“Arthur James Balfour” by James Guthrie
“Arthur James Balfour” by James Guthrie depicts the British Conservative statesman who served as Prime Minister of the United Kingdom from 1902 to 1905. As Foreign Secretary in the Lloyd George ministry, he issued the Balfour Declaration in 1917 on behalf of the cabinet.
Arthur James Balfour (1848 – 1930) entering Parliament in 1874 and achieved prominence as Chief Secretary for Ireland.
From 1891 he led the Conservative Party in the House of Commons, serving under his uncle, Lord Salisbury, whose government won large majorities in 1895 and 1900.
In July 1902, he succeeded his uncle as Prime Minister. In foreign and defense policy, he oversaw British defense policy reform and secured the Entente Cordiale with France, an alliance that isolated Germany.
He resigned as prime minister in late 1905, and the following month, the Conservatives suffered a landslide defeat, in which he lost his own seat. He soon re-entered Parliament and returned as First Lord of the Admiralty in Asquith’s Coalition Government (1915–16).
Balfour trained as a philosopher and was seen as having a detached attitude to life, epitomized by a remark attributed to him: “Nothing matters very much, and few things matter at all.”
Guthrie made this oil sketch in preparation for his great commission “Statesmen of the Great War.” Balfour is standing behind a table in the final painting, leaving only his upper body visible, which explains this half-length sketch.
The Balfour Declaration was a statement issued by the British government in 1917 during the First World War, announcing support for establishing a “national home for the Jewish people” in Palestine.
Immediately following their declaration of war on the Ottoman Empire in 1914, the British War Cabinet began to consider Palestine’s future.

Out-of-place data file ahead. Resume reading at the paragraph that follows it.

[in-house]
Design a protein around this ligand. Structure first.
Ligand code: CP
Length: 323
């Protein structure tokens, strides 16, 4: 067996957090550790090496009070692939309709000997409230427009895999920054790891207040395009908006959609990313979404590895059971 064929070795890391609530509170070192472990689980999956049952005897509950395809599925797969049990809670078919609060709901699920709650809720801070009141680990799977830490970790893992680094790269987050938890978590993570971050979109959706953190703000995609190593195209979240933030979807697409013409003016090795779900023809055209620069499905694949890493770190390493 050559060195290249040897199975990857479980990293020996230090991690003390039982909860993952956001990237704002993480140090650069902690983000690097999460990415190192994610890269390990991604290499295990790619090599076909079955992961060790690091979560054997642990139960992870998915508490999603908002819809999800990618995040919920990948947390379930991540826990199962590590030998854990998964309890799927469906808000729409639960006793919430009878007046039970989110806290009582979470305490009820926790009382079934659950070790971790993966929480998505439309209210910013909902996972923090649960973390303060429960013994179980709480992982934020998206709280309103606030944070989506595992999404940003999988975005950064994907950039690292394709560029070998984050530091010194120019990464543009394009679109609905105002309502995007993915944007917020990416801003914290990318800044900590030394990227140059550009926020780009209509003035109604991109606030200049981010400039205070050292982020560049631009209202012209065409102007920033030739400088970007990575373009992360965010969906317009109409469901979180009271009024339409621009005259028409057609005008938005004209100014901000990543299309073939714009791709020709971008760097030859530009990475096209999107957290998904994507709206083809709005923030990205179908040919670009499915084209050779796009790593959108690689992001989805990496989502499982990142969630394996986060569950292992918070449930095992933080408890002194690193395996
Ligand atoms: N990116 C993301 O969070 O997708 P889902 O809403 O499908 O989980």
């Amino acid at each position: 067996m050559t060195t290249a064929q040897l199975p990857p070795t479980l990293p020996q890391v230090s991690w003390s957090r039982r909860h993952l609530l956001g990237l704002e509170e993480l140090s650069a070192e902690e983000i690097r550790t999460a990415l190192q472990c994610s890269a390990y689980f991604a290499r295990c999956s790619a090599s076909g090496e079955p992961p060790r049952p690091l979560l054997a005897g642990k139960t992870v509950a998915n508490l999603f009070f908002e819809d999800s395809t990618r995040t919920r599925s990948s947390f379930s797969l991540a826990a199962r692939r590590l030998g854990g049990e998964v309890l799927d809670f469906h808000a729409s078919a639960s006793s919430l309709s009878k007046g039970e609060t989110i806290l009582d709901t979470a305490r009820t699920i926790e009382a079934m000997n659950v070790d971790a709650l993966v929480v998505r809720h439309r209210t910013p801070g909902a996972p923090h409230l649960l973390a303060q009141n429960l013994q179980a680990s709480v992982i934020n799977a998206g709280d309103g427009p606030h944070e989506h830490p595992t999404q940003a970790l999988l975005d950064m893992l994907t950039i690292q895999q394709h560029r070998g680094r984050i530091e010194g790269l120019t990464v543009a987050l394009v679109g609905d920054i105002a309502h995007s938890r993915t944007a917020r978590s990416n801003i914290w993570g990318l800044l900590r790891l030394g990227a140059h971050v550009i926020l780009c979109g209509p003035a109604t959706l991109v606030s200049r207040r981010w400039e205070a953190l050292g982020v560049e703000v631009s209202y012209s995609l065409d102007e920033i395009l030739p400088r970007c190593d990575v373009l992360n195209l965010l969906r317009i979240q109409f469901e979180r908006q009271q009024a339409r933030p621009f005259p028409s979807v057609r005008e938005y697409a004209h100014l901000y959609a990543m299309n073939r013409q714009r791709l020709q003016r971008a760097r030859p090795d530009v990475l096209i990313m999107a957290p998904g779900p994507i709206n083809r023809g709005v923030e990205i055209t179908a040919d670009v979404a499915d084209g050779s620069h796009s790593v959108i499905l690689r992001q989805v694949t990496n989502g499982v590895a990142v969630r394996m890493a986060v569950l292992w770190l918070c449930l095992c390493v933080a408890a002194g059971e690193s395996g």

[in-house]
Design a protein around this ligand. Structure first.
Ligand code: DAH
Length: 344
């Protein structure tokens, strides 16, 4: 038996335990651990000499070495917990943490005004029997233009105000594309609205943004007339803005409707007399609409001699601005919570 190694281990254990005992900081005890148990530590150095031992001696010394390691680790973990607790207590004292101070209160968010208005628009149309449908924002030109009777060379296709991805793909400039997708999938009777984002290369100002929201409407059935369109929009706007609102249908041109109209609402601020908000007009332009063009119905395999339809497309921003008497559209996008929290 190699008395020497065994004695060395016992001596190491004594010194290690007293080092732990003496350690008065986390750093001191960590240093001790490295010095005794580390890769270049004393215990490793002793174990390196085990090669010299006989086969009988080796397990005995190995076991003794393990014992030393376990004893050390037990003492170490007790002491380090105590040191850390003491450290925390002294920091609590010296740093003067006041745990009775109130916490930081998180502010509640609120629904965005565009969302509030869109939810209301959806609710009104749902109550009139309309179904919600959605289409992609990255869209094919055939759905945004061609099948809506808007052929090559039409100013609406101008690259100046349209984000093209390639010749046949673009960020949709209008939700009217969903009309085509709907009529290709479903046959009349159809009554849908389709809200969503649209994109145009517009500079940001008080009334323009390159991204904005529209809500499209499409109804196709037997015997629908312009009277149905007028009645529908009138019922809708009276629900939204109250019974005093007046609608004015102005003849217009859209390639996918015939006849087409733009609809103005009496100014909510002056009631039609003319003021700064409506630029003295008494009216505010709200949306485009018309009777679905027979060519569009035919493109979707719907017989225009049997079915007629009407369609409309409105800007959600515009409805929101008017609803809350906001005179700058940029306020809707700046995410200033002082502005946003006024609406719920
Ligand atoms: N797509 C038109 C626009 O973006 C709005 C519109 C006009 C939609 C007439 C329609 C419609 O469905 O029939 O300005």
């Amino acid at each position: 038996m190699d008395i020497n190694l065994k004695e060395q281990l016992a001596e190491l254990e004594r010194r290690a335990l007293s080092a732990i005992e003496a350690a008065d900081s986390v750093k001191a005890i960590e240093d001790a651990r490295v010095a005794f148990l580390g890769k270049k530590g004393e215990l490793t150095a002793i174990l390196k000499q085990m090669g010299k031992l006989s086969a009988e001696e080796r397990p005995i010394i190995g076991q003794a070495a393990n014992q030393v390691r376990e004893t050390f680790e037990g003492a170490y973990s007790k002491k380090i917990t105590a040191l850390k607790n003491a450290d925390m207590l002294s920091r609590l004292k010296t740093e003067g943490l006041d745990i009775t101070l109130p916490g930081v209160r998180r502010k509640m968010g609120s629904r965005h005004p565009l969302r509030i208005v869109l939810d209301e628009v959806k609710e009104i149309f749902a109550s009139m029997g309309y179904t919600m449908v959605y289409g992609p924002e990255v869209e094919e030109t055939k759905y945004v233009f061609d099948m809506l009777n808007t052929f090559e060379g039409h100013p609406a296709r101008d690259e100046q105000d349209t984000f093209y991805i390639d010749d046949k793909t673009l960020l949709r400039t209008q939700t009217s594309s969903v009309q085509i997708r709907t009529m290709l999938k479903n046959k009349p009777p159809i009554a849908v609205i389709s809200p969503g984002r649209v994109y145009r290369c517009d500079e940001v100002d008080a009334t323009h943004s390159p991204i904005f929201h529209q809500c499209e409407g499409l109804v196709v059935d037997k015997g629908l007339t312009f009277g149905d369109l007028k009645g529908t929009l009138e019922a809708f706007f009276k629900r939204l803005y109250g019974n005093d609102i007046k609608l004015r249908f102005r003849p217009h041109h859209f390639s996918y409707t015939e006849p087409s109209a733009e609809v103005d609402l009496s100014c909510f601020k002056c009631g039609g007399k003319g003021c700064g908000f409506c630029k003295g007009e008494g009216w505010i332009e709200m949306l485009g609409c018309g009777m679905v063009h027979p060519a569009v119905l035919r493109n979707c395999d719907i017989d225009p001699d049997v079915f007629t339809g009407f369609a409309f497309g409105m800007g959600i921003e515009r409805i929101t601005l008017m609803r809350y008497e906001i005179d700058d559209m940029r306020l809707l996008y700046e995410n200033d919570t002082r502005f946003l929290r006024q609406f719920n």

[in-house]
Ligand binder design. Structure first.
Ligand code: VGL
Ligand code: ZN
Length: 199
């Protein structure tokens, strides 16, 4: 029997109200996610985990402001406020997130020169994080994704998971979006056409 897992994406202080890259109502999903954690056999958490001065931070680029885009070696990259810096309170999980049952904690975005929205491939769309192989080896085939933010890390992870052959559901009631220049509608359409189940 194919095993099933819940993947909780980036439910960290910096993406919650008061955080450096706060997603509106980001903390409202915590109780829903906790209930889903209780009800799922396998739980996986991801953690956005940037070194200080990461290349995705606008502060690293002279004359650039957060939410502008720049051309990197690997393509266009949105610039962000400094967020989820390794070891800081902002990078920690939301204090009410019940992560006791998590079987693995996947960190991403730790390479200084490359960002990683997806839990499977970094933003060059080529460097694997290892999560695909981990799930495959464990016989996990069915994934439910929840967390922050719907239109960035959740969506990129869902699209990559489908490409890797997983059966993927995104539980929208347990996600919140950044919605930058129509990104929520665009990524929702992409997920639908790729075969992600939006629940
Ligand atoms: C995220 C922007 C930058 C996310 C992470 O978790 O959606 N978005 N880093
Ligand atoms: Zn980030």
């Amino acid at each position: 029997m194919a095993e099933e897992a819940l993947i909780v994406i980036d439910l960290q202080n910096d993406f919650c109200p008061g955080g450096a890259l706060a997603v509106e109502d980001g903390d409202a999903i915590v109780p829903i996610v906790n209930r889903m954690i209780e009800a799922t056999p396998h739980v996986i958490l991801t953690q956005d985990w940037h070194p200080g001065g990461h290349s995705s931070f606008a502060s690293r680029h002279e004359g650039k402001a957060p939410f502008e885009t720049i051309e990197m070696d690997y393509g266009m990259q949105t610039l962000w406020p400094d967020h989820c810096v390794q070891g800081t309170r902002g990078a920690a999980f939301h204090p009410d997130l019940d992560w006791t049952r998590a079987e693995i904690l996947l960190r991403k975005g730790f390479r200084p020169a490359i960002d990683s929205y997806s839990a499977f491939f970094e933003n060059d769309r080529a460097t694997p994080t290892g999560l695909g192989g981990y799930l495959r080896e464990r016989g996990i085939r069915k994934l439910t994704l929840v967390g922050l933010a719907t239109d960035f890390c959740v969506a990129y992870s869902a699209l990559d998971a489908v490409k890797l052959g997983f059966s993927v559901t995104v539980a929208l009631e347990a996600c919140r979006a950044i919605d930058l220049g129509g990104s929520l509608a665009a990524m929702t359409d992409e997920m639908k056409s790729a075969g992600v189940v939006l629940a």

Subsequent discussions and negotiations with Zionist and anti-Zionist Jews’ input and the perceived propaganda benefits amongst the worldwide Jewish community for the Allied war effort led to the declaration.
The declaration was in a letter from the United Kingdom’s Foreign Secretary Arthur Balfour to Lord Rothschild, a British Jewish community leader, for transmission to the Zionist Federation. The text of the declaration was then published in the press.
The declaration had many long-lasting consequences. It greatly increased support for Zionism within Jewish communities worldwide.
It became a core component of the British Mandate for Palestine, the founding document of Mandatory Palestine, which later became Israel and the Palestinian territories.
Sir James Guthrie (1859 – 1930) was a Scottish painter, best known in his own lifetime for his portraiture, although today more generally regarded as a painter of Scottish Realism.
In 1919, Guthrie was commissioned by a South African financier to paint a group portrait of 17 politicians and statesmen of Britain and its allies who held office during the First World War.
The painting, “Statesmen of World War I,” was completed in 1930, shortly before Guthrie’s death. The painting was donated to the National Portrait Gallery, London. Guthrie’s 17 preparatory oil studies were also donated to the Scottish National Portrait Gallery.
“Statesmen of World War I” by James Guthrie
“Statesmen of World War I” by James Guthrie was commissioned to commemorate Britain’s politicians and statesmen and its allies who held office during the First World War.
It is a group portrait of seventeen figures, some seated and some standing. As preparatory work, Guthrie painted a study of each subject separately; he held sittings between 1919 to 1921.
Arthur James Balfour, 1st Earl of Balfour
- Title: Arthur James Balfour, 1st Earl of Balfour
- Artist: James Guthrie
- Date: 1920
- Medium: Oil on canvas
- Dimensions: Height: 142.2 cm (55.9 in); Width: 88.9 cm (35 in)
- Category: Popular Portrait Paintings
- Museum: Scottish National Gallery
- Name: James Guthrie
- Born: 1859, Greenock, Scotland
- Died: 1930, Rhu, Scotland
- Nationality: Scottish
- Notable Works:
Lord Balfour’s motivations for his 1917 Declaration
A Virtual Tour of Portraits
- History Paintings
- Mythological Paintings
- National Portrait Gallery, London
- National Portrait Gallery, Washington, DC,
- National Portrait Gallery, Canberra, Australia
- Popular Portrait Paintings
The Balfour Declaration’s impact
Balfour Declaration: How 67 words changed History
Virtual Tour of the Scottish National Gallery
- “Vision after the Sermon” by Paul Gauguin
- Haystacks by Claude Monet
- “Saint Bride” by John Duncan
- “Drinkers in the Bower” by Pieter de Hooch
- “Portrait of Lady Agnew of Lochnaw” by John Singer Sargent
- “The Finding of Moses” by Giovanni Battista Tiepolo
- “Three Tahitians” by Paul Gauguin
- “Diana and Callisto” by Titian
- “Montagne Sainte-Victoire” by Paul Cézanne
- “Francesca da Rimini” by William Dyce
- “Master of the Universe” by Eduardo Paolozzi
- “The Reverend Robert Walker Skating on Duddingston Loch” by Henry Raeburn
Pleasures of Reading, by Arthur James Balfour
“It is not in the stars to hold our destiny but in ourselves.”
– William Shakespeare
Photo Credit: 1) James Guthrie / Public domain.